Renner is the founder and president of B2B Market Strategies. He divides his time among his family, writing, and his work as a marketing and brand strategist to emerging companies. He lives in Portland with his wife Meg, daughters Julia and Katherine, and an ever evolving animal population. Renner received his social science degree from UC-Santa Cruz before beginning his career as a business journalist. Later he completed an MBA at UC- Berkeley, where he lived with 600 women and men from around the world at The International House.

On Tuesday night we welcome the editor of and several contributors to Volume V of Drash: Northwest Mosaic, just recently published. Drash is a Seattle-based annual literary magazine that features an ecumenical embrace of poetry and prose with a Northwest and Jewish tilt. Scheduled to read tomorrow night are Akiva Miller, David Fuks, Jeanne Krinsley, Hanna Goldbaum, Carolyn Martin, and the editor, Wendy Marcus.

Thursday night we host our monthly Comma reading series, moderated by Kirsten Rian. On the third Thursday of each month,Comma features two regional authors, representing a variety of literary genres.  Each author reads for 20 to 25 minutes from new projects, established pieces, or ongoing works in progress and then engages in discussion with each other and with the audience.

This month Comma presents Barry Sanders and Tim DuRoche. Sanders is a professor emeritus of Pitzer College in Claremont, California. He is currently writer-in-residence at Pacific Northwest College of Art. He is also a social activist and the author of two recent books: The Green Zone: The Environmental Costs of Militarism and Unsuspecting Souls: The Disapperance of the Human Being -- both of which were nominated for this year's Oregon Book Award for General Nonfiction. He loves teaching at PNCA and brings his students to the Donald E. Long detention center in Portland to teach reading and writing.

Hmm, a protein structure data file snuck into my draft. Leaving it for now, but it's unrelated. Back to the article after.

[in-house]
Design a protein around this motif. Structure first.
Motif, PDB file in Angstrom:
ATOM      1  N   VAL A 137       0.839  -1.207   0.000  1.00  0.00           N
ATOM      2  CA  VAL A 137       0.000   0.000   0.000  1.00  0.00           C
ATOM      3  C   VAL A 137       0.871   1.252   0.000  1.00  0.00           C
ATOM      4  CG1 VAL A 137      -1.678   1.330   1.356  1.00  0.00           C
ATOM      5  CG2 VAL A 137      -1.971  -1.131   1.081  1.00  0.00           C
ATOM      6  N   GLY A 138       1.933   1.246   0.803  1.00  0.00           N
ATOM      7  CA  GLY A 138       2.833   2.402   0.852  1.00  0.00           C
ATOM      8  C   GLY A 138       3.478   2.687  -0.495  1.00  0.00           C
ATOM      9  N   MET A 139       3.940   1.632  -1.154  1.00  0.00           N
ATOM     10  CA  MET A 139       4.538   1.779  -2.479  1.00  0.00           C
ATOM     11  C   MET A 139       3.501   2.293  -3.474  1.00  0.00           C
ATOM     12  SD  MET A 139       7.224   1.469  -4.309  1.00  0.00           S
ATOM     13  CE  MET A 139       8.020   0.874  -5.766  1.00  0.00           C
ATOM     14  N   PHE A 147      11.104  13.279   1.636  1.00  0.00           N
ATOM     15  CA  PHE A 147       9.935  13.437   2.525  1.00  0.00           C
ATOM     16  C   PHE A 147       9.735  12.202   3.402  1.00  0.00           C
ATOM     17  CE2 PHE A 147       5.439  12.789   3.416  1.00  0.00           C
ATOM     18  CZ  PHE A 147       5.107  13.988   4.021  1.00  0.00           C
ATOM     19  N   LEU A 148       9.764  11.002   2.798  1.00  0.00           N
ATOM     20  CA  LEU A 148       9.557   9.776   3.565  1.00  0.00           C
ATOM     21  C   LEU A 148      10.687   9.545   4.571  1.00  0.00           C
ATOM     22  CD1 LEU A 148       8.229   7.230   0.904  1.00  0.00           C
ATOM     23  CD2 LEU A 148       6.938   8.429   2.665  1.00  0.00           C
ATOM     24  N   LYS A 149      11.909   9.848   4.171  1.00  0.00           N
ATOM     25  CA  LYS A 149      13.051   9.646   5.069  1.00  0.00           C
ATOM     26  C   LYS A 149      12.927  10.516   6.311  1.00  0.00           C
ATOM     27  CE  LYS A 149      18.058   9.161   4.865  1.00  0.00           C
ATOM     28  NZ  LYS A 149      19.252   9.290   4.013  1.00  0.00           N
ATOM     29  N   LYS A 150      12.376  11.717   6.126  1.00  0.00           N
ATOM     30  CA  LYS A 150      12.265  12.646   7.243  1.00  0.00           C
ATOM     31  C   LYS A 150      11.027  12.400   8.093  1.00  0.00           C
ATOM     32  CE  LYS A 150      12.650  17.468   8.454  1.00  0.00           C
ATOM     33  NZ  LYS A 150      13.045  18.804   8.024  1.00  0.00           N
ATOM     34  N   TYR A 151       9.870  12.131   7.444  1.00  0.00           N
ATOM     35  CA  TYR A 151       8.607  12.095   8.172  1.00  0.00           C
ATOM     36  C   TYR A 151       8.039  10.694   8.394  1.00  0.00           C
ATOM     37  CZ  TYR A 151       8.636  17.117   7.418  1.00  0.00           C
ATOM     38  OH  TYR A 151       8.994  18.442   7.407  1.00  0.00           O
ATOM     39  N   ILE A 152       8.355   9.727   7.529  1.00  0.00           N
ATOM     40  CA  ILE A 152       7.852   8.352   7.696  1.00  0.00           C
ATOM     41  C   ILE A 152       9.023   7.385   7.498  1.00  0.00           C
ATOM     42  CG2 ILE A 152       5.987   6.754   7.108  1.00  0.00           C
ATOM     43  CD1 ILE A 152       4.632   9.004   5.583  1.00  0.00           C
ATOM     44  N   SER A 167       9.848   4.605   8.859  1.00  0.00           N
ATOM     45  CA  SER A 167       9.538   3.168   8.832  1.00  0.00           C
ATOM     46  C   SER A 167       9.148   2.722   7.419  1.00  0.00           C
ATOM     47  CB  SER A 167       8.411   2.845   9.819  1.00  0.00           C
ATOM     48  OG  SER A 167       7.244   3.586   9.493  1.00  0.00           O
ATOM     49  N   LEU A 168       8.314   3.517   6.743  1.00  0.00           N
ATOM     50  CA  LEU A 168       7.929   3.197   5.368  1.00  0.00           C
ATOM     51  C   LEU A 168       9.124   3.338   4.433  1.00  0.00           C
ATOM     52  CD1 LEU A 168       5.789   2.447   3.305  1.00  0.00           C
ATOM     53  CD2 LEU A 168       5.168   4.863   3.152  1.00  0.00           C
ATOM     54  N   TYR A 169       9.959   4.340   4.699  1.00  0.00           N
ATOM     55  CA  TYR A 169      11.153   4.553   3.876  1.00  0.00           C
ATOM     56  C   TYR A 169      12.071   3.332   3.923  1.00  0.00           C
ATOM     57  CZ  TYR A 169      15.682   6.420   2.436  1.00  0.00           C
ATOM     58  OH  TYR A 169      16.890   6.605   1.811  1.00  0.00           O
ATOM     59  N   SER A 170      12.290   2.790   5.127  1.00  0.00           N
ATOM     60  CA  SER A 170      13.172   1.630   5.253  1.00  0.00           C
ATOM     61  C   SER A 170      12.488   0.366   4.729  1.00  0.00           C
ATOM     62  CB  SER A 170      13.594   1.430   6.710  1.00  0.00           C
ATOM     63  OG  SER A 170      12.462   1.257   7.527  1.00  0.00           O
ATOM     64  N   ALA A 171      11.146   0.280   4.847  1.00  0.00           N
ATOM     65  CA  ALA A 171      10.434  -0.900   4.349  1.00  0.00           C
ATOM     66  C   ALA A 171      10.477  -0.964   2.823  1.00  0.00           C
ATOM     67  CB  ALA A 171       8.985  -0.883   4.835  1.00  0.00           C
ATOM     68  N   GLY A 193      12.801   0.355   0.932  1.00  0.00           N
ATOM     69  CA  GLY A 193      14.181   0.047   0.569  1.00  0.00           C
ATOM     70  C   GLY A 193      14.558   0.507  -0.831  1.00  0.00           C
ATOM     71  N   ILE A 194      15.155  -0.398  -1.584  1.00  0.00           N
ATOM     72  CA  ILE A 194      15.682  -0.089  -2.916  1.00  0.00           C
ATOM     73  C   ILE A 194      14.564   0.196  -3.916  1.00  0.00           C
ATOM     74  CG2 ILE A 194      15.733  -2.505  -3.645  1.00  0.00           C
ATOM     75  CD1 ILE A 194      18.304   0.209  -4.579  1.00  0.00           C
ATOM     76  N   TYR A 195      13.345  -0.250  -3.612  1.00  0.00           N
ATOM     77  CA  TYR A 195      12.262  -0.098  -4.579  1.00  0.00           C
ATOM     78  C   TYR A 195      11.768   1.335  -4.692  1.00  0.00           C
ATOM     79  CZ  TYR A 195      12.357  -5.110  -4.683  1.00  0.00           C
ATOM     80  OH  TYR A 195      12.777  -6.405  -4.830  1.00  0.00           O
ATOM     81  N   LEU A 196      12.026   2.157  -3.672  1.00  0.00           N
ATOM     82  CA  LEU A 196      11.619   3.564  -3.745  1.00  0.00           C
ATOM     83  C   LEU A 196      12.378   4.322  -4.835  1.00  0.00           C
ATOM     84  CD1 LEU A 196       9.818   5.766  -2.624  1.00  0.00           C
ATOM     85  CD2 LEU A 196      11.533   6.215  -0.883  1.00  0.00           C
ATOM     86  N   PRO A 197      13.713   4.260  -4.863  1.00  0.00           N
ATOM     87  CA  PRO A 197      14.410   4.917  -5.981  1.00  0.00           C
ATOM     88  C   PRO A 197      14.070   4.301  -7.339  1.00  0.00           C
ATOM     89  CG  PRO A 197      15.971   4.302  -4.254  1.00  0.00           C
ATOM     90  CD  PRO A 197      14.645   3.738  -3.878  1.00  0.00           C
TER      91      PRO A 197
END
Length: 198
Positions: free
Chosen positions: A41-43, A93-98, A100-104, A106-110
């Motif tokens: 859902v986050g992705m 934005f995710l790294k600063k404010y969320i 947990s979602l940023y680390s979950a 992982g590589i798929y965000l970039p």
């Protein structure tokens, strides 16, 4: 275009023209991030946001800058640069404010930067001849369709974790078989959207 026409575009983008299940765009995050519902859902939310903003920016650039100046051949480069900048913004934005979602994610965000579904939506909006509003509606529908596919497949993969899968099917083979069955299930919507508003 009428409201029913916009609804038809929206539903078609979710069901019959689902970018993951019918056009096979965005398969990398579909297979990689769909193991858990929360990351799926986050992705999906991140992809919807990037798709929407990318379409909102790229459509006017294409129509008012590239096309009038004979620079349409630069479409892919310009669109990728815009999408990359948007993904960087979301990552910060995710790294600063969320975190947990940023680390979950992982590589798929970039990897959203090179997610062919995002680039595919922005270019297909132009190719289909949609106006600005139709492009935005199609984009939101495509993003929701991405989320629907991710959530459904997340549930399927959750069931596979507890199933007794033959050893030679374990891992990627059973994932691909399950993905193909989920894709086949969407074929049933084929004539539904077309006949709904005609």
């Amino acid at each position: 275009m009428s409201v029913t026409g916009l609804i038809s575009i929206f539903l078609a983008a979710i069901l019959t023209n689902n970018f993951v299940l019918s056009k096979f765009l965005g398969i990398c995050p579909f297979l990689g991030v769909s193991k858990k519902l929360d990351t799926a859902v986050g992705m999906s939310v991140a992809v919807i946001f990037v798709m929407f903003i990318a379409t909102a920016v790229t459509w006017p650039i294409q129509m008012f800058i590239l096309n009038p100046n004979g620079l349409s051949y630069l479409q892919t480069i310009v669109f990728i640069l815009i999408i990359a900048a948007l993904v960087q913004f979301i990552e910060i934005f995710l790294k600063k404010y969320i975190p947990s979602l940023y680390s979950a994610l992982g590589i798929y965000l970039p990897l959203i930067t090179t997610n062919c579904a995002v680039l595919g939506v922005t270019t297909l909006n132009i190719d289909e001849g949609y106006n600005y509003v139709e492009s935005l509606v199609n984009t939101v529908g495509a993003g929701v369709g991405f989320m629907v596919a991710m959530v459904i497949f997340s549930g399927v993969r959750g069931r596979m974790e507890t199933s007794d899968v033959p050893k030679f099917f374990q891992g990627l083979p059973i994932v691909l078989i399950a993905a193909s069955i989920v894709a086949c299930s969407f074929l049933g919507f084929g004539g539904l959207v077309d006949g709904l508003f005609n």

DuRoche is a writer, jazz musician, artist, and curator. His writing about visual culture, jazz and performance, planning, urban history, and cultural policy have appeared in a number of print and online venues. Since moving to Portland in 2000, he's worked with a number of creative cultural institutions including Northwest Film Center and Portland Center Stage. Currently he is the Director of Programs for the World Affairs Council of Oregon. He is a frequent public speaker and moderator for cultural organizations across the state and hosts a weekly jazz program on KMHD-89.1 FM.

Each of these events will begin at 7pm. Please join us for one, two, or all three events -- it's always a pleasure to see you!

Thursday, June 9, 2011

Pearlman Wins PEN/Malamud Award

You know from my past posts that I'm a big fan of the short story genre. But there's a gap in my reading, someone I somehow have overlooked in my reading of short stories. But today I just got a big reminder to get busy, as Edith Pearlman has been honored with the 24th annual PEN/Malamud Award from the PEN/Faulkner Foundation, given to honor a writer's contribution to the short fiction form.

Pearlman has written more than 250 stories published in four books. Her most recent, Binocular Vision: New & Selected Stories, was published in 2011 by Lookout Books. It looks fabulous to me. But don't take my word for it. Especially since I haven't read it yet. And because I'm a sucker for well-produced trade paperbacks with French flaps. How about this, from Ann Patchett: "Binocular Vision should be the book with which Edith Pearlman casts off her secret-handshake status and takes up her rightful position as a national treasure. Put her stories beside those of John Updike and Alice Munro. That's where they belong."

Or this from Roxana Robinson: "Pearlman's view of the world is large and compassionate, delivered through small, beautifully precise moments. These quiet elegant stories add something significant to the literary landscape."

Or this from Anthony Doerr: "If you read, write, or teach short fiction -- if you believe gorgeous, scrupulously made literature nourishes the soul -- then you must read Edith Pearlman." Ok, I get the hint!

Pearlman's fiction has won three O. Henry Prizes and has appeared three times in Best American Short Stories, twice in The Pushcart Prize, and once in New Stories from the South. She has also published short essays and travel writing. She is a New Englander by birth and preference and lives in Massachusetts with her husband. She has worked in a computer firm and a soup kitchen -- not sure if that was simultaneous or not.